Tips for your baby to sleep better

Tips for your baby to sleep better

Here’s a short summary of what you can do to maximize your baby’s ability to sleep during the night in a simple step-by-step format.

Safety first

Always lay your baby down for sleep on his back every time you put him down to rest, and tell this to everyone who may look after your baby. Discuss your baby’s sleep with your pediatrician.

Day and night

Help your baby learn the difference between daytime and nighttime. As soon as you feel able, begin taking your newborn outside everyday for walks. Be active with your baby during the day, and at night limit your interaction keeping things low-key and mellow. Develop a special nighttime routine that is soothing and involves your one-on-one attention such as reading stories and singing lullabies.

Make a decision on where your baby will sleep

Create a safe sleep environment for your baby. I recommend a crib within monitoring distance of your bed, and the Canadian Paediatric Society agrees. If you choose to bring your baby into your bed, do everything you can to minimize risk.

By the time your baby is four-months-old, think about your family’s sleep arrangements. If your baby sleeps in the same bed with you and you do not want to continue this for the long-term, make the change to a crib now, as it will only be harder if you wait.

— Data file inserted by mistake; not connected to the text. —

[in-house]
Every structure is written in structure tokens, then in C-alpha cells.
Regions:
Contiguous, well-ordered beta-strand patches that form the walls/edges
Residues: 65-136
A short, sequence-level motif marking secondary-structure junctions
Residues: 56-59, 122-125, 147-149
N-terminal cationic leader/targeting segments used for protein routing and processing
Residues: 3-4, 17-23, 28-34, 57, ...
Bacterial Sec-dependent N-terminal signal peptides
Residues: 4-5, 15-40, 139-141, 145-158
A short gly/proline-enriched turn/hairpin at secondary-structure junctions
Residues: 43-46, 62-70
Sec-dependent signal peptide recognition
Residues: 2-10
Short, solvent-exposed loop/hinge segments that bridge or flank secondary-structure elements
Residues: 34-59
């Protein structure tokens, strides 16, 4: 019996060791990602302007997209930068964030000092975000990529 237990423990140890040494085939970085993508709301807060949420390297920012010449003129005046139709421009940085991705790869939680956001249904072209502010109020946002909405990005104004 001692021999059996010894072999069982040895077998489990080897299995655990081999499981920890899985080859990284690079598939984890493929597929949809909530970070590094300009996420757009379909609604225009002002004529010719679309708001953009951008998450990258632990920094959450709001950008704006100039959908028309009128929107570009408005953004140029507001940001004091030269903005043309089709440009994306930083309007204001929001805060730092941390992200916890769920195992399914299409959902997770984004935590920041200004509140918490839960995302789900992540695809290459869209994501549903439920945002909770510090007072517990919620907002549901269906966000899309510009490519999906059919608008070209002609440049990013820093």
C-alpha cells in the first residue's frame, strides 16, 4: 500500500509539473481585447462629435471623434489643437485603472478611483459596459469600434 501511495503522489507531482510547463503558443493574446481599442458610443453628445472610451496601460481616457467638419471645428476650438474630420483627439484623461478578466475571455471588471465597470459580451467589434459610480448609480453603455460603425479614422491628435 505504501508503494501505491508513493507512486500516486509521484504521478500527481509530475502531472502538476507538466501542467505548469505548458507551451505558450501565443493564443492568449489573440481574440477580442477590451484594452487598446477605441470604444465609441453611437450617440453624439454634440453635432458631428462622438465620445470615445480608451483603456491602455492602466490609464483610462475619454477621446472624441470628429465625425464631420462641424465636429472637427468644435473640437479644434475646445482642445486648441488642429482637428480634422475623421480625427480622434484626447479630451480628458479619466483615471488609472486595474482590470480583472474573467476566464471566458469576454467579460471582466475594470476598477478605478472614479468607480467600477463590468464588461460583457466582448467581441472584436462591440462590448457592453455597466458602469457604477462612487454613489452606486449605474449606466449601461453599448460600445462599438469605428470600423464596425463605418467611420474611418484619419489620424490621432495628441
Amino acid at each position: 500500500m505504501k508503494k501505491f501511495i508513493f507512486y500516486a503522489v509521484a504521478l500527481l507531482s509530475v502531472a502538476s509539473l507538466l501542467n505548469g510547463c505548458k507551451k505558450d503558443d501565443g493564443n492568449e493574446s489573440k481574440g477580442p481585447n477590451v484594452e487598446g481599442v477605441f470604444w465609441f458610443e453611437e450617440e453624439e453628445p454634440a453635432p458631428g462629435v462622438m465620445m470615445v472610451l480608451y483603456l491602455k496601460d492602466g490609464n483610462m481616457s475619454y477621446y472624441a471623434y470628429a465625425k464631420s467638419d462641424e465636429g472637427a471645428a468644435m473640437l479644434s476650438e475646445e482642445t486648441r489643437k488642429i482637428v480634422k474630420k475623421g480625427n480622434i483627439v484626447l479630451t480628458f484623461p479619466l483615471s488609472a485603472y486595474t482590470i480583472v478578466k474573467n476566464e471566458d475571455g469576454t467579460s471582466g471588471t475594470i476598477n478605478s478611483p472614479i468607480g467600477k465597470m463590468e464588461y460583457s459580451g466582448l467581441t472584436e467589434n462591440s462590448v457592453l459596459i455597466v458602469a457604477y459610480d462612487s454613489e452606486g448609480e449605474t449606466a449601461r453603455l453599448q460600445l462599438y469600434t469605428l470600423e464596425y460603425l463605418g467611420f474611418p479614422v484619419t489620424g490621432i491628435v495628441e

Gradually delay feedings at night

Delay nighttime feedings perhaps by changing the diaper first. With bottle-fed babies, a delay may already be built-in to the process of preparing the bottle. Delay by only a little at first, and then gradually try and stretch the time between feedings.

Lay your baby down to sleep while she is still awake

When you notice your baby is not falling asleep during feeding, begin laying her down for sleep while she is drowsy but still a little awake. Do not always rock her to sleep. If she drifts off to sleep in your arms, you can try gently nudging your baby awake before laying her down.

Give her the space to figure out how to fall asleep on her own. Pay attention to how she reacts and what sounds she makes.

Give your baby space to fall back to sleep

Once your baby is about six-weeks-old, do not rush to pick him up when he calls for you at night. Give him a chance to self-soothe back to sleep. Learn the differences in your baby’s sounds so you know when you need to respond more quickly, and when you can let him be.

Trouble self-soothing?

If your baby has trouble self-soothing, read this article. Try staying in the room with the lights low, and gradually withdrawing your attention or pretend to sleep yourself, reinforcing the concept of bedtime. Some babies may find it more difficult to learn to self-soothe and you may need to make more of an effort.